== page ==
This business aviation blog post is part one in a two-part series on CANPASS regulations.
The Canadian Passenger Accelerated Service System (CANPASS) is a series of Canada Border Service Agency (CBSA) programs to expedite the border clearance process for frequent, low-risk, pre-approved travelers into Canada. If you fly your business aircraft to Canada frequently from the U.S., membership in CANPASS’s corporate aircraft program allows faster access to a wider selection of airports.
The following is an overview of what you need to know:
1. How arrivals are reported in Canada
Telephone reporting is the system used by general aviation to report to customs when entering Canada. This process is also used by participants in CANPASS private aircraft and CANPASS corporate aircraft programs. The reporting process is considered to meet all requirements for "presentation of persons on arrival in Canada," as required by section 11 of the Customs Act. To set up arrival clearance, the pilot calls 1-888-CANPASS at least two hours prior to arrival and no more than 48 hours prior to the Estimated Time of Arrival (ETA).
2. How CANPASS private and corporate aircraft programs work
CANPASS private aircraft and CANPASS corporate aircraft programs expedite the border clearance process and allow access to airports not available to non-CANPASS members. Under these programs, you can land at any Airport of Entry (AOE) in Canada, anytime the airport is open for landing, and you may land at authorized CANPASS-only airports that may be closer to your destination. To benefit from CANPASS private or corporate aircraft privileges, 1) membership is required, 2) the aircraft may not carry more than 15 people, including crew, and 3) the pilot must ensure all travelers have appropriate travel documents.
3. How CANPASS private aircraft and corporate aircraft programs differ
Under the CANPASS corporate aircraft program, operators may transport up to four non-members who are integral to the business operation of the company, such as an executive. CANPASS corporate aircraft membership, however, cannot be applied to charter (non-scheduled commercial) flights. Family businesses may use the corporate aircraft program, as long as the business which owns the aircraft is incorporated. Up to four non-CANPASS members may be transported, so long as at least one CANPASS holder is onboard, and non-registered passengers can demonstrate a work-based relationship with the corporation and are able to meet the same citizenship and residency requirements as program members. CANPASS private aircraft program is more restrictive in that it requires all passengers onboard to be CANPASS members.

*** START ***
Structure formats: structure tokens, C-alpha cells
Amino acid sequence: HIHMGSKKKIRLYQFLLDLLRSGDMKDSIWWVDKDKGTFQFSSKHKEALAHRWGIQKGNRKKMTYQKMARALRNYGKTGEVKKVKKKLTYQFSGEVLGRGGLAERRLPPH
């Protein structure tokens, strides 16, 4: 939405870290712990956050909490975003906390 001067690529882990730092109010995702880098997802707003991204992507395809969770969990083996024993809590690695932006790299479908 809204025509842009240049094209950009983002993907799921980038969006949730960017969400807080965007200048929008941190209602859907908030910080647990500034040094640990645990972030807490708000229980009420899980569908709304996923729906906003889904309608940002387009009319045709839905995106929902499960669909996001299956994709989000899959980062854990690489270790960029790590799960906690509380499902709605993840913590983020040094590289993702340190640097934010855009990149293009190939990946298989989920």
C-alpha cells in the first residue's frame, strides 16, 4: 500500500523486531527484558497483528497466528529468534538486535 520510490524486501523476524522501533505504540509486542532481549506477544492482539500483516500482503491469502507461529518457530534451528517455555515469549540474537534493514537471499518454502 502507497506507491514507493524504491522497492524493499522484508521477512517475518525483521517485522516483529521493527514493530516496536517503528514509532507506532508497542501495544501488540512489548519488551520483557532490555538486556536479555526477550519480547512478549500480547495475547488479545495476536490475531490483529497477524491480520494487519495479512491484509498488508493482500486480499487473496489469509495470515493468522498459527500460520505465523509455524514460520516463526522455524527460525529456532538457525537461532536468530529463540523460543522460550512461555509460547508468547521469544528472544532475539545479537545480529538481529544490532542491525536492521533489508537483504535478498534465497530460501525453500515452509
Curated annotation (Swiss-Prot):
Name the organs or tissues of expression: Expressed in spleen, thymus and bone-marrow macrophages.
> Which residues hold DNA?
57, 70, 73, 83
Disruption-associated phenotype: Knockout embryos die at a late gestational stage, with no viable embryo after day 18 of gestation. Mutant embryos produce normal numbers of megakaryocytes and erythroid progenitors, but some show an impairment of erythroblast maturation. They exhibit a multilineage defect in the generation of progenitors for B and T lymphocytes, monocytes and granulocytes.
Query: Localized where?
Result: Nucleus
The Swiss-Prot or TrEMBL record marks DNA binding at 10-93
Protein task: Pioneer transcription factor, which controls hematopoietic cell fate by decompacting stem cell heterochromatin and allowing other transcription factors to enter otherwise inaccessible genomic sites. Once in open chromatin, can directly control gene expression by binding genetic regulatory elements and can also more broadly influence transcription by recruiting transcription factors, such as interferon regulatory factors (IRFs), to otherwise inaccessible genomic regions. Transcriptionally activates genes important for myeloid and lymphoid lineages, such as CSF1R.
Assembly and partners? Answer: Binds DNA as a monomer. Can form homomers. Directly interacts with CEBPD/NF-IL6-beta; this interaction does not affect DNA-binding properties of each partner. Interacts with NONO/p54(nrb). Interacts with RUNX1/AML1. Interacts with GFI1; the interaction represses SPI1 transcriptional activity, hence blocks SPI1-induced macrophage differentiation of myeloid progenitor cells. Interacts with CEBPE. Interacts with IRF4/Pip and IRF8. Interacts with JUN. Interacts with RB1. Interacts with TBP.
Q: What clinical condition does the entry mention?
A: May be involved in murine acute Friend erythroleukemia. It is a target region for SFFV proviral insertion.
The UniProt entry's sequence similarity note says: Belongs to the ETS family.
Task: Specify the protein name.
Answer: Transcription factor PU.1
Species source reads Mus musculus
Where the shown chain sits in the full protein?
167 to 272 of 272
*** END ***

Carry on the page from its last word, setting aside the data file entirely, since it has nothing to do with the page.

4. Special benefits that CANPASS members have
CANPASS holders may land at an AOE any time the site is open, regardless of the hours of the local customs office, so long as it’s approved by CANPASS. In addition, CANPASS holders may choose to use any designated CANPASS-only airport. Those using CANPASS private or corporate aircraft programs may proceed directly to their destination (without calling 1-888-CANPASS on landing) if there’s no CBSA officer waiting at their reported time of arrival. Keep in mind that any change in ETA of 30 minutes of more should be advised prior to landing.
5. Qualifying for a CANPASS permit